Ever felt the fear of inferiority, that there simply aren’t enough leads in your sales pipeline? At NetHunt, we know we have. In fact, we reckon everybody has.

Most businesses, even enterprise-sized, hold regular meetings dedicated to brainstorming new and existing acquisition channels and how they can generate more high-quality leads. Why?

61% of marketers state that lead generation is one of the biggest challenges.

That’s why. Every individual deal in your sales pipeline is as important as the last one. Once in there, it’s essential to analyse, manage, and tend to them properly so that no opportunity is missed. Nothing should slip through the cracks.

To this end, managers need to develop systematic processes to test and determine pipeline health, regularly checking in with sales reps for pipeline feedback. This helps them identify bottlenecks, ensuring the sales team reaches that damn quota before deadline day.

Sales quotas? Another sales minefield. What’s our baseline? How do we avoid unrealistic quotas and maintain team morale? But, on the other hand, how do we make sure we’re successful and hitting good targets?

Like I say, a minefield; far too big for me to navigate alone. I invited a group of sales experts for their actionable pipeline management insights and key metrics they consider most important.

Specifically, I asked out inbound and outbound lead generation experts three questions…

  • How do you set realistic sales quotas for your team, ensuring the bar is not set too low but still maintaining realistic expectations?
  • Which sales reports do you track every day? Why are these metrics so important?
  • Do you hold sales pipeline reviews with your team? If so, how often do you conduct it and what questions do you ask?

Stay tuned to hear what experts from Reply, NetHunt CRM, Zoominfo, Leadfeeder, and Displayr had to say.

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Anastasia Tatsenko
Head of Customer Success @NetHunt CRM

Anastasia is a chief customer carer and passionate product preacher! Her specialities include competitor analysis, sales operations, and partner negotiations. Anastasia is the one who has a "high-level view" of the entire customer success processes.

- How to set realistic sales quotas for your team? Not to set the bar low and not to undermotivate the team. How to define what is 'realistic' for you?

In business-as-usual conditions, you typically analyse a company's organic growth statistics, multiply sales in the previous period by growth factor; that would be your realistic sales plan. It's necessary though to break down this sales plan over smaller periods ahead, especially if a business has some seasonal fluctuations, and distribute it over the sales team. Usually, you set a sales plan per sales representative that in total for the sales team exceeds the company sales plan in something close to the organic growth rate. That is your optimistic plan, and this approach, to some extent, secures the realistic quota attainment.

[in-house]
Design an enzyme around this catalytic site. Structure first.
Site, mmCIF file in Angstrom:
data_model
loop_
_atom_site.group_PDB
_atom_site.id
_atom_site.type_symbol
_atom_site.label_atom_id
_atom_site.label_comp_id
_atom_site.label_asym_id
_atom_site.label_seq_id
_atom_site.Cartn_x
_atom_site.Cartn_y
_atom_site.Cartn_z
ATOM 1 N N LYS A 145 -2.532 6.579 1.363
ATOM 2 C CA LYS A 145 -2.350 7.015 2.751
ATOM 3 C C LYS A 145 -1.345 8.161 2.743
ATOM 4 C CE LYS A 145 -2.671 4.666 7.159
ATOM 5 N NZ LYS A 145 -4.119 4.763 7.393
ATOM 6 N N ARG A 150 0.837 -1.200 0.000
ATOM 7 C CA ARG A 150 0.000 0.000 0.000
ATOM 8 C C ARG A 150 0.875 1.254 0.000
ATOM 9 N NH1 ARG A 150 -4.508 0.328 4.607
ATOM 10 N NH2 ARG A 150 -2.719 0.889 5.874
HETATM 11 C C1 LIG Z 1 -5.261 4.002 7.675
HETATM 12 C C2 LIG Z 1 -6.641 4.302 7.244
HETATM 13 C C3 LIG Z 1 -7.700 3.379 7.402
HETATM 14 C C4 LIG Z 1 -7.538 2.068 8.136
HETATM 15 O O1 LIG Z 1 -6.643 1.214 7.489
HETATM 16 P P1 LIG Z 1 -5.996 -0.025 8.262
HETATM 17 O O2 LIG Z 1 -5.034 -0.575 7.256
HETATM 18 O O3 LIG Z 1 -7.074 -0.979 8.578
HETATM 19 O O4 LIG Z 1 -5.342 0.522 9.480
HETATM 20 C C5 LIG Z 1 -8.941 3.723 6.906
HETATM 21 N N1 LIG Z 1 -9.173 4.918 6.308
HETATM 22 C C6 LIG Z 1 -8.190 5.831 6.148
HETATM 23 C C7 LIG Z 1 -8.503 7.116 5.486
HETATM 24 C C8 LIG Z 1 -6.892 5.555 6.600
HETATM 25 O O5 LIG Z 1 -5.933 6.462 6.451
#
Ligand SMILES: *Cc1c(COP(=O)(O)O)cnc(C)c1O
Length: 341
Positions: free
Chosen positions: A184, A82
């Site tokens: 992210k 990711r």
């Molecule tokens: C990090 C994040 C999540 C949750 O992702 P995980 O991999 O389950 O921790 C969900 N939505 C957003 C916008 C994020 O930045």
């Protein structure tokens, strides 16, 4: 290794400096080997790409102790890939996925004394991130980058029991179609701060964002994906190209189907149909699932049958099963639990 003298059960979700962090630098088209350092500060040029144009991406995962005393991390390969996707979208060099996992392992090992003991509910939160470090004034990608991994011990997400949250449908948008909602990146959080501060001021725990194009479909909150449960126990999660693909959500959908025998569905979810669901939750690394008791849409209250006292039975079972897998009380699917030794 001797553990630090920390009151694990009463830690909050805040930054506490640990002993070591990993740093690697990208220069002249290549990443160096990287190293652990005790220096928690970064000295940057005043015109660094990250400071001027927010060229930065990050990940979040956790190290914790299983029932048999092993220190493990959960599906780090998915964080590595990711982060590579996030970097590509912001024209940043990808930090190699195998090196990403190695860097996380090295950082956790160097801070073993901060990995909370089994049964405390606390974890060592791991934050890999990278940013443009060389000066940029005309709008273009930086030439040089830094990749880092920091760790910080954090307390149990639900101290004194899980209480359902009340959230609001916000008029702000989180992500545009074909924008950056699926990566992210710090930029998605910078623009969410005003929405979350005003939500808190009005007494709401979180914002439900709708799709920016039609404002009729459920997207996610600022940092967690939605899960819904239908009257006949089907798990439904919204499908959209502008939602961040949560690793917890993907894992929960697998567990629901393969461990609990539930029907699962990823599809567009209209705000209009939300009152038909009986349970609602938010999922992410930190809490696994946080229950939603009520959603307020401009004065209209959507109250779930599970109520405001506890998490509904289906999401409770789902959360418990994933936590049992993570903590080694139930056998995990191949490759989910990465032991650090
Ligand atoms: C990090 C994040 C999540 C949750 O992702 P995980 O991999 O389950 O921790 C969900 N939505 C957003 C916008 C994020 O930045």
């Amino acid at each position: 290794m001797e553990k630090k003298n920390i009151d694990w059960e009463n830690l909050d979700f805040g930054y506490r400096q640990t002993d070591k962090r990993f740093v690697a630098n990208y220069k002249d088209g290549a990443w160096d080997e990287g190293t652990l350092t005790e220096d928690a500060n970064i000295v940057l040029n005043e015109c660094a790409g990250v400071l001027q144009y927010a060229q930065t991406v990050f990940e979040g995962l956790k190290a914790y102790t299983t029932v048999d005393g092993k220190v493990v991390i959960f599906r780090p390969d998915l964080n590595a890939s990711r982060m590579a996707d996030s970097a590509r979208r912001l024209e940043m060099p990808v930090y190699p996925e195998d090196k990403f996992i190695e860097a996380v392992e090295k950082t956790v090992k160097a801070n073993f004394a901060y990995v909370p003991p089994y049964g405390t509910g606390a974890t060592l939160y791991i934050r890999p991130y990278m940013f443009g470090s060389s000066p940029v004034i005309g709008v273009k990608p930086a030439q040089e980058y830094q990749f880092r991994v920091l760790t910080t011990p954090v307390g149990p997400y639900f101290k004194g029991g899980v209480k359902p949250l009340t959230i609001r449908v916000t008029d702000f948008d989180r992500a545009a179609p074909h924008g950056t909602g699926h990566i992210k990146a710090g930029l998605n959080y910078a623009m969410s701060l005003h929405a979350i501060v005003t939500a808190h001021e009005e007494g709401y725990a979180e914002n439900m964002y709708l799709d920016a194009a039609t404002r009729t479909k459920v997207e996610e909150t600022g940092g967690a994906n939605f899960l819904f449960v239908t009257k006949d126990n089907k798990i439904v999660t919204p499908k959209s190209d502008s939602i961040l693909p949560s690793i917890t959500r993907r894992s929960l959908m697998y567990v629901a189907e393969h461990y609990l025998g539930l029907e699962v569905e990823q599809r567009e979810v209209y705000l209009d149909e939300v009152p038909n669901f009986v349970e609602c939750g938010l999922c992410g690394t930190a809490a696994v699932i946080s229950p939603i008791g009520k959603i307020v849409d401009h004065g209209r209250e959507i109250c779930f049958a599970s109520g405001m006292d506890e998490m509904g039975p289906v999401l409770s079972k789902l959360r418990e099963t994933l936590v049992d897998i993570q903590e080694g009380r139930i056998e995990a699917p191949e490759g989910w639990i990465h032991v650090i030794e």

Business-as-usual conditions is when a company doesn't plan any extraordinary marketing investments or enter new niches or product groups, etc. If it does, it's a matter of assessing the effect of these actions from many perspectives and adding these effects to the sales plan.

- What are the sales reports you track on the daily basis? Why do these metrics matter to you?

Usually, I look at sales numbers in Year-to-date, Quarter-to-date, Month-to-date, and if needed - Week-to-Date perspectives, sales pipeline in forecasted revenue (deal amount multiplied by deal probability) and our Top-20 deals.

These metrics taken with the current sales plan give me a picture of the quota attainment status and an understanding of how much we are on track at the moment. If these metrics are on par or higher than planned, we are okay. If we are behind the planned numbers,  we are in trouble have an opportunity to take action.

- Do you have a pipeline review with your team? If so, how often do you conduct it and what questions do you ask?

I usually have a pipeline review with my team weekly. It's a one-on-one meeting with a sales rep. It's held on Monday or Friday to sum up the previous week and discuss plans for the upcoming one. I usually focus on Top-20 high-priority deals. Every pipeline review meeting has to end with the action plan for a sales rep to negotiate and close the deal.

At the beginning of the meeting, we follow up on the previous review on top-priority deals and their progress. Standard questions on high-priority deals for the meeting are:

  • What are the next steps?
  • What needs to happen to close the deal?
  • What are the obstacles to close the deal?
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William Oleksiienko
Head of Sales Development @Reply.io

William is a Sales development pro with 5+ years of experience. Building creative sales engagement strategies for personal outreach at scale. An avid non-fiction reader, Tolkien fan, and coding enthusiast.

- How to set realistic sales quotas for your team? Not to set the bar low and not to undermotivate the team. How to define what is 'realistic' for you?

There is a basic rule for setting effective sales quotas (at least, for B2B SaaS sales): it should be 3-5x the on-target earnings. So, if a salesperson’s OTE is $100k, their annual quota should be around $300-500k. In my experience, top sales reps can consistently generate 4-5x of their OTE, while an average performers will only get 2-3x of their OTE.

However, this rule isn’t always applicable. To keep your quota realistic, you should also consider how fast your product grows, how well-known your company and product are, etc. It also makes sense to take into account your historical performance as well as industry benchmarks.

- What are the sales reports you track on the daily basis? Why do these metrics matter to you?

It really depends on the performance model you prefer — OKRs or KPIs. At Reply, we track the number of demos booked for an AE, demo no-show rate, MQL to SQL conversion rate, SQL to Opportunity Won rate, average sales cycle, average deal size.

But most importantly, we track the number of booked demos for an AE to see if they have enough pipeline to reach their quota.

- Do you have a pipeline review with your team? If so, how often do you conduct it and what questions do you ask?